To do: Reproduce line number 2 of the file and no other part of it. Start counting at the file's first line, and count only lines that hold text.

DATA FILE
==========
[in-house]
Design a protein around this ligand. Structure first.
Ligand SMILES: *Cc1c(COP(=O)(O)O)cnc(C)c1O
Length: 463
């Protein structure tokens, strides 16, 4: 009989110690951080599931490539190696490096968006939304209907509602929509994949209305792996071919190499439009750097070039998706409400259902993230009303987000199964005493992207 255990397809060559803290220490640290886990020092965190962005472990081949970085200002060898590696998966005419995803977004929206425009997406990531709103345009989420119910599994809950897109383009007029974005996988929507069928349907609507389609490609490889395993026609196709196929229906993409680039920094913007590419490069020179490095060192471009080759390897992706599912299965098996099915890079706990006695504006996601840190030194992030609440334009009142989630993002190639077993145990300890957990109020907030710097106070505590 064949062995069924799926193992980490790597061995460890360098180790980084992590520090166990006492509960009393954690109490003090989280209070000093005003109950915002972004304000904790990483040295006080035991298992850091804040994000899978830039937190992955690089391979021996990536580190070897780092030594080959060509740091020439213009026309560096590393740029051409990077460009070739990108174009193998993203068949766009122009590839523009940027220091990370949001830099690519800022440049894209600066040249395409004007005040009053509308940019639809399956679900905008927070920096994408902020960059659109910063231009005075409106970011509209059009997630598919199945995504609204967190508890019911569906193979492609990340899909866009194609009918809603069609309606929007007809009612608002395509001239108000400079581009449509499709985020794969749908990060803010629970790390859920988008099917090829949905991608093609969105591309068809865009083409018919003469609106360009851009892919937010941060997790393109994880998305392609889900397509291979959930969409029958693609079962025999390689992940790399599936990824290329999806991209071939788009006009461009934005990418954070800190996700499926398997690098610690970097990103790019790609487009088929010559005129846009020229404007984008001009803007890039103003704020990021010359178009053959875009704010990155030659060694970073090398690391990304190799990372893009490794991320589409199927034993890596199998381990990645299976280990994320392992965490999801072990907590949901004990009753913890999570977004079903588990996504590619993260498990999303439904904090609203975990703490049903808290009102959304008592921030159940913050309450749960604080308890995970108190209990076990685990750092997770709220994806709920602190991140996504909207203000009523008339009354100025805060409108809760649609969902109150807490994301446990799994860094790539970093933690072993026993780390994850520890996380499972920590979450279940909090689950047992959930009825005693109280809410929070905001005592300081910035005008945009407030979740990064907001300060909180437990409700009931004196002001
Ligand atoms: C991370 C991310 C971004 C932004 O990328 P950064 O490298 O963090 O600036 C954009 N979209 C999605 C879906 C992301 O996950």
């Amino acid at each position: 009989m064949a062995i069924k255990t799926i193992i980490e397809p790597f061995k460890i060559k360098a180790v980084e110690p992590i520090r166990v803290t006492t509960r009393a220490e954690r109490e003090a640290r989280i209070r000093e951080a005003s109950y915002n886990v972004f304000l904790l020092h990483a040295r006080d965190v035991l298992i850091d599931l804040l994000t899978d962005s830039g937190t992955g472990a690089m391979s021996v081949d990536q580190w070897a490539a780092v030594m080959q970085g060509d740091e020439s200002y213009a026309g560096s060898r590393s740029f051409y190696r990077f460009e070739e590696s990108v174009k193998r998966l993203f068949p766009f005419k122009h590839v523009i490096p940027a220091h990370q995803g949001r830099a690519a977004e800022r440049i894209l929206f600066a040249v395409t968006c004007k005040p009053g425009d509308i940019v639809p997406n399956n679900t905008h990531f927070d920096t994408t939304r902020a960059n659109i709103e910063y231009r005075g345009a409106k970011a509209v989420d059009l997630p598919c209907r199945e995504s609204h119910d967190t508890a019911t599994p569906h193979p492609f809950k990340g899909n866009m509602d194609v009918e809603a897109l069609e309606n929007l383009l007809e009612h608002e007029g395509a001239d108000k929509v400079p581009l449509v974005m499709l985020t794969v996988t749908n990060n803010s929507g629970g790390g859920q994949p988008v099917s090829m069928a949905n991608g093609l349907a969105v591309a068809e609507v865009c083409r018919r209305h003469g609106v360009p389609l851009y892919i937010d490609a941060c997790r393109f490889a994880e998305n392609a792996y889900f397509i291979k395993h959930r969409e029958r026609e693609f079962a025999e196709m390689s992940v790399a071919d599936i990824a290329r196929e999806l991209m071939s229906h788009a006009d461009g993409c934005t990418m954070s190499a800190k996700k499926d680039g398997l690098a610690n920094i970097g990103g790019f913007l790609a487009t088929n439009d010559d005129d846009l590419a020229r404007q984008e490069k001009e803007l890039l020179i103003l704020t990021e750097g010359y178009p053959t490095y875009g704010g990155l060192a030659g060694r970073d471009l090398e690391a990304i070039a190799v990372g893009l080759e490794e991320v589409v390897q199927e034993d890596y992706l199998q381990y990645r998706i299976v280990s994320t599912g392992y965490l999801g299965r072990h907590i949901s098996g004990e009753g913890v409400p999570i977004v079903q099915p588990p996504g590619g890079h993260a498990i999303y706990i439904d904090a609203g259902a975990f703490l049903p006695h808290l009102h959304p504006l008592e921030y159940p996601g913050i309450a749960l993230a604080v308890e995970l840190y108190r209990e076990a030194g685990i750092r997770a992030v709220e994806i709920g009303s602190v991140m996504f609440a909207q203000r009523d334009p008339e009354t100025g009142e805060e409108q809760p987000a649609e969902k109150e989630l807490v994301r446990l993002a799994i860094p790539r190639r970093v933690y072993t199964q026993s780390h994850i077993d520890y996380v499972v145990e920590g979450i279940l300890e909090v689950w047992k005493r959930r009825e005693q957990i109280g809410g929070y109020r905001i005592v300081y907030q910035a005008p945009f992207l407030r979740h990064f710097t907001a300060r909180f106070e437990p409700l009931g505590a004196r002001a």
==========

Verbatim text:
Design a protein around this ligand. Structure first.